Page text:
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Moon Landings Delayed by NASA

Senior NASA officials updated the schedule for returning humans to the Moon under the agency’s Artemis Program on Tuesday and discussed costs and other challenges. The most significant piece of news was  formal admission that a human landing on the Moon in 2024 would not be viable, but there were lots of other exciting details. NASA Administrator Bill Nelson led the meeting with space reporters. It came just five days after the US Court of Federal Claims dismissed Blue Origin’s case against NASA for selecting SpaceX to build a lunar lander for the Artemis Program.

Nelson had previously stated that he would update the Artemis Program following the lawsuit, and he did so on Tuesday. But, instead, he charged Blue Origin with all guns blazing. “We’ve lost over seven months in litigation, which has likely postponed the first human landing to no earlier than 2025,” Nelson said, blaming Blue Origin and its lawyers for the delay in NASA’s return to the Moon. In addition, NASA was prohibited from working with SpaceX on the Human Landing System (HLS) program during the judicial proceedings. Apart from that, the agency was unable to provide milestone payments.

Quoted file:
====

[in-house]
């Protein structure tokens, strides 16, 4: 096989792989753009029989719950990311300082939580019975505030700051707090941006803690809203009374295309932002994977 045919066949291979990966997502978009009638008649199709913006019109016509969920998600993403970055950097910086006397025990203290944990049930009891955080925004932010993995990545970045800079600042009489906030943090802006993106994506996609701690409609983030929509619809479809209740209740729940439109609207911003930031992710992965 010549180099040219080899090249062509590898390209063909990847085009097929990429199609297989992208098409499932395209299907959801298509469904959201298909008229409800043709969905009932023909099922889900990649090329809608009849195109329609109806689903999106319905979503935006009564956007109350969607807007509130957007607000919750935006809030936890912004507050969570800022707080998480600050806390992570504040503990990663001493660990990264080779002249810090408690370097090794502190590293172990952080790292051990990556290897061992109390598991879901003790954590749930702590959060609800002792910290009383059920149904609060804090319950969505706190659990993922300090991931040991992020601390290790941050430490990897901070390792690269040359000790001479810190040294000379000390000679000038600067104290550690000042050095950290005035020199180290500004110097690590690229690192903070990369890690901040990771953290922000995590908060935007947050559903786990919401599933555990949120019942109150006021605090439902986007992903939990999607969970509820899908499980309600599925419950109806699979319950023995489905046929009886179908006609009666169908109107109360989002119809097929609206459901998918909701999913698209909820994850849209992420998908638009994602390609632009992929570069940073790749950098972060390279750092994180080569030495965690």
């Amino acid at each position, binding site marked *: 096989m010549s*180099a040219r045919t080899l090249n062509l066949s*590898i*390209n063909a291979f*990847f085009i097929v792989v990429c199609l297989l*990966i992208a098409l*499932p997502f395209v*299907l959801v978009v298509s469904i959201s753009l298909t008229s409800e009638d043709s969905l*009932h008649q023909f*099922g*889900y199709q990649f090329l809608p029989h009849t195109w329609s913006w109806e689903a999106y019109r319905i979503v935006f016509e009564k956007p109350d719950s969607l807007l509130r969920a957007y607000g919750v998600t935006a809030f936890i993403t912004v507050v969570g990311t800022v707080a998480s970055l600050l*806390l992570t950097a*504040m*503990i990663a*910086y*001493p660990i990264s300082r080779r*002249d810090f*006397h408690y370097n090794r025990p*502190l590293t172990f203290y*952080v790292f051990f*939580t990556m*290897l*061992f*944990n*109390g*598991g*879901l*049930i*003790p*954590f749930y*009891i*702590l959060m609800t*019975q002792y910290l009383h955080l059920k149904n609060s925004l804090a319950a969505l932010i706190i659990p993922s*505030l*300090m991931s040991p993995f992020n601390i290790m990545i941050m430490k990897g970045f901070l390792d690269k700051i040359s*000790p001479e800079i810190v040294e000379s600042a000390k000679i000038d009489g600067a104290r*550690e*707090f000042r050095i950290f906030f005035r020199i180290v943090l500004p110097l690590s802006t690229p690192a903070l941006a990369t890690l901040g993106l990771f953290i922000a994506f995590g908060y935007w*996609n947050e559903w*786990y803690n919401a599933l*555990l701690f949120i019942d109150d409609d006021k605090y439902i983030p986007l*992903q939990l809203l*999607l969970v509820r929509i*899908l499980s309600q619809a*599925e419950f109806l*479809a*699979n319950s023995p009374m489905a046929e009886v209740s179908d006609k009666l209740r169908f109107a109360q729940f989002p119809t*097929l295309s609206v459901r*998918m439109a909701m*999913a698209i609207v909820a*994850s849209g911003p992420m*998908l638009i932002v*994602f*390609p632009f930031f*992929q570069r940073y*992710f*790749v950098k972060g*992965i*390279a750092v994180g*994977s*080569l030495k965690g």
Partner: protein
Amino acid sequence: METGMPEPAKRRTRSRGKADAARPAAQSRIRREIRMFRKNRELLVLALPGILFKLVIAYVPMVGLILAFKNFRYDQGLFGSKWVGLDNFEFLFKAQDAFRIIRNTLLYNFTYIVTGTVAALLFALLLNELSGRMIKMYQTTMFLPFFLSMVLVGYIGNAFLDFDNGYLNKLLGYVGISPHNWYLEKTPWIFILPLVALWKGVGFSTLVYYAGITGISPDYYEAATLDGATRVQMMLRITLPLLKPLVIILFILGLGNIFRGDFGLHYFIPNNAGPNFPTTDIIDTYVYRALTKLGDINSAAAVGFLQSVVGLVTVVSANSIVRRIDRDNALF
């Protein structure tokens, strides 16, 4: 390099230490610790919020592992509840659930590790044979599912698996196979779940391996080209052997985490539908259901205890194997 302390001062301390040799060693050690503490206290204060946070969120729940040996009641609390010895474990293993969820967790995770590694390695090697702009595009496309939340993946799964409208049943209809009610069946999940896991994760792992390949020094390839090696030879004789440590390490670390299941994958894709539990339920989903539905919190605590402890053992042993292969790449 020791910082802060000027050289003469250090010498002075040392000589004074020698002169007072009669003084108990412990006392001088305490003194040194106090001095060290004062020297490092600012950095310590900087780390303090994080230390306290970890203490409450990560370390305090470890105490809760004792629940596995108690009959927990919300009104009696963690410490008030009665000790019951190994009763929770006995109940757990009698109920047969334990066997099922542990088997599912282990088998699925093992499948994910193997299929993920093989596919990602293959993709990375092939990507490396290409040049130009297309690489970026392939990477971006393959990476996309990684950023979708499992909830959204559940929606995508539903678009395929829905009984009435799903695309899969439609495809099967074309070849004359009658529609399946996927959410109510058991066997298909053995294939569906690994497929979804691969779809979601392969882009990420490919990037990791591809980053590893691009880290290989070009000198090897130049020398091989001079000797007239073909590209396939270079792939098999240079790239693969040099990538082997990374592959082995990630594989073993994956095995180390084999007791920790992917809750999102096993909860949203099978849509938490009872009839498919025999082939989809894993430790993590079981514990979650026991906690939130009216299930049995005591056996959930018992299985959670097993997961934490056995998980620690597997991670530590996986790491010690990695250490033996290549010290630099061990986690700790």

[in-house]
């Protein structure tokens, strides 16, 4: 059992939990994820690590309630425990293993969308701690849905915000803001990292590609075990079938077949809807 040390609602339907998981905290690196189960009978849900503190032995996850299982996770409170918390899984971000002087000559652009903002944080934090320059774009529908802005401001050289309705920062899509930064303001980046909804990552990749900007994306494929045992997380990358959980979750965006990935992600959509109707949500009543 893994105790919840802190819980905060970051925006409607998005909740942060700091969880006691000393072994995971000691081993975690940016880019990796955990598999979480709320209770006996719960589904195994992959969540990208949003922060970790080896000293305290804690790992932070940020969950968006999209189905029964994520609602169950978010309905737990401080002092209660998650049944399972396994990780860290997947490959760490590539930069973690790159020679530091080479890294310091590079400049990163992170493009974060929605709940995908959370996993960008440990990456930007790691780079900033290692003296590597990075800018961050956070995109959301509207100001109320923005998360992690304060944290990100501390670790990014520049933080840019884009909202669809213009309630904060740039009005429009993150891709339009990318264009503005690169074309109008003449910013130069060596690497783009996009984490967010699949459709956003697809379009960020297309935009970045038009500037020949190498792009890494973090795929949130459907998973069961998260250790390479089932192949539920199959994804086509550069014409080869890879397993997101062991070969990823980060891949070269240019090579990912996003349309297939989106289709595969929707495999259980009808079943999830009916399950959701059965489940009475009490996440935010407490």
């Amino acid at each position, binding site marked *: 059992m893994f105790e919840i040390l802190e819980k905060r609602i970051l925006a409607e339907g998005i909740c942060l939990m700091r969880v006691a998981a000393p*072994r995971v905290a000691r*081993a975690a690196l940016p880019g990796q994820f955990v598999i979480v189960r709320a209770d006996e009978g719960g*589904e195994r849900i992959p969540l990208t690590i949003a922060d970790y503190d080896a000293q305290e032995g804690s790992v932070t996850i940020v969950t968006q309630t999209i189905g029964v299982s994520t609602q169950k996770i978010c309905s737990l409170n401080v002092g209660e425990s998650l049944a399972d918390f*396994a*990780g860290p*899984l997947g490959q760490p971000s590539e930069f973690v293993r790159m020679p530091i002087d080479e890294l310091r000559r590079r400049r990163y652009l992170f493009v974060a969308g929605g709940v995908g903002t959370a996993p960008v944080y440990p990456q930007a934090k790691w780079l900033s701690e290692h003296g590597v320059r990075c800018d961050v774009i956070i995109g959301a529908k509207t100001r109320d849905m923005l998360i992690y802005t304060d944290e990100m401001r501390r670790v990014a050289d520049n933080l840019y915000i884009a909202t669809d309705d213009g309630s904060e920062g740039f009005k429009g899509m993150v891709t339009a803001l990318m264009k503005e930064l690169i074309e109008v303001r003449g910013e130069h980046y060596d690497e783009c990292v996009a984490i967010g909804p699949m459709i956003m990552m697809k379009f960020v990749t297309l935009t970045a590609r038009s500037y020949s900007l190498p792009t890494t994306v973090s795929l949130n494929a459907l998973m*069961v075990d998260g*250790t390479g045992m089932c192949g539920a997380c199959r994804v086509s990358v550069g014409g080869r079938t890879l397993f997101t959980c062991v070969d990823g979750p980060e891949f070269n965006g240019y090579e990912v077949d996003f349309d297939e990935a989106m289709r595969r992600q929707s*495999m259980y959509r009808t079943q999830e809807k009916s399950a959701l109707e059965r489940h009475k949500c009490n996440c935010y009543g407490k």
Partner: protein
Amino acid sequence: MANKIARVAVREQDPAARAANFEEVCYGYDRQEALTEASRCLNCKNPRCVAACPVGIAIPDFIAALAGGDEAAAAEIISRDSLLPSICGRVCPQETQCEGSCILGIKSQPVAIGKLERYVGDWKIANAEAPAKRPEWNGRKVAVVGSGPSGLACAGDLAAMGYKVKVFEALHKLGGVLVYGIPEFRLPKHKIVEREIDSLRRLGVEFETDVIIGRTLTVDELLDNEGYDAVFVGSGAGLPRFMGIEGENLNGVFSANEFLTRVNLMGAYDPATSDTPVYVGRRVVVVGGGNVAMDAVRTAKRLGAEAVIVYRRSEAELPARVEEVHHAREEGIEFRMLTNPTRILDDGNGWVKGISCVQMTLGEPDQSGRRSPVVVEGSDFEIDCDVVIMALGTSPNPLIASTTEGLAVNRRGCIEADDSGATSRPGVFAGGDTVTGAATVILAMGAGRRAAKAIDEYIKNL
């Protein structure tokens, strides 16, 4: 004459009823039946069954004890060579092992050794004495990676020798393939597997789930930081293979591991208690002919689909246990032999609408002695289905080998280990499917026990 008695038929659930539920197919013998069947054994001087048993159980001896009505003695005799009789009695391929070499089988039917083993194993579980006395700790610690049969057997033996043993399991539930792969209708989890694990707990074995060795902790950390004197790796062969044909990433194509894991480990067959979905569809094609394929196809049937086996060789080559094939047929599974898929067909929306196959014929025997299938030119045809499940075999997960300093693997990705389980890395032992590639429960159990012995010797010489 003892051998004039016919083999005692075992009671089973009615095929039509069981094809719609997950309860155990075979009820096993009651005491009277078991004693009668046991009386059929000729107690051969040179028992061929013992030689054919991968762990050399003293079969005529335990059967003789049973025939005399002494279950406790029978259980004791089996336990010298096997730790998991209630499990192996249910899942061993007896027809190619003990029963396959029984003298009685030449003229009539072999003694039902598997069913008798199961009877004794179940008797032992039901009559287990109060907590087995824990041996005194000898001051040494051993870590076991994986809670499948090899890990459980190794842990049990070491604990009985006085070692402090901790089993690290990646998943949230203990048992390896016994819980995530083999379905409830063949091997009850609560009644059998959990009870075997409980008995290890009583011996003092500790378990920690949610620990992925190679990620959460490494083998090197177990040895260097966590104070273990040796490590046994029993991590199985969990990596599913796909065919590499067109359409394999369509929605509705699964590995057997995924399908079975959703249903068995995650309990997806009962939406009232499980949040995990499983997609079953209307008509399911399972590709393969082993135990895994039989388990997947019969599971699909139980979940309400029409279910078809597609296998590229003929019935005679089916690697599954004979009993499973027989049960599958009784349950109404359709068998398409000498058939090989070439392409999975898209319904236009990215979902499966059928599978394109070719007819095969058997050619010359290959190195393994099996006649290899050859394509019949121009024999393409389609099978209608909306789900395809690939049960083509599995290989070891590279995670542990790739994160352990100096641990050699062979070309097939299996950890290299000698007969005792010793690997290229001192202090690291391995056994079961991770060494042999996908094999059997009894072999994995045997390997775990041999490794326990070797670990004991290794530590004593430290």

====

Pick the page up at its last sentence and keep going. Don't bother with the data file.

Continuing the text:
Vice President Mike Pence set an aggressive aim of taking humans on the Moon by 2024 when the Trump administration launched the Artemis Program in spring 2019. However, this has never been realistic, but NASA has never openly admitted this instead of setting 2024 as an aspirational goal. Nelson did, however, recognize the delay, citing the Blue Origin case, lower-than-requested resources from Congress for lander development. The infeasibility of the 2024 deadline when it was suggested as the reason for pushing the deadline back until at least 2025. In addition, NASA will require two people for the Artemis III mission, which will carry at least two humans to the lunar surface.

The long-awaited Artemis II mission is the second of these test flights. It will transport a crew of four men to lunar orbit and back, following in the footsteps of the Apollo 8 lunar voyage, which took place in 1968 and followed the first Apollo Moon landing. NASA will now try to fly this mission no later than May 2024, according to Nelson. Astronauts will launch aboard an Orion spacecraft atop a Space Launch System rocket for the Artemis II mission. This will be the first human flight aboard NASA’s Orion spacecraft, in development since 2005.

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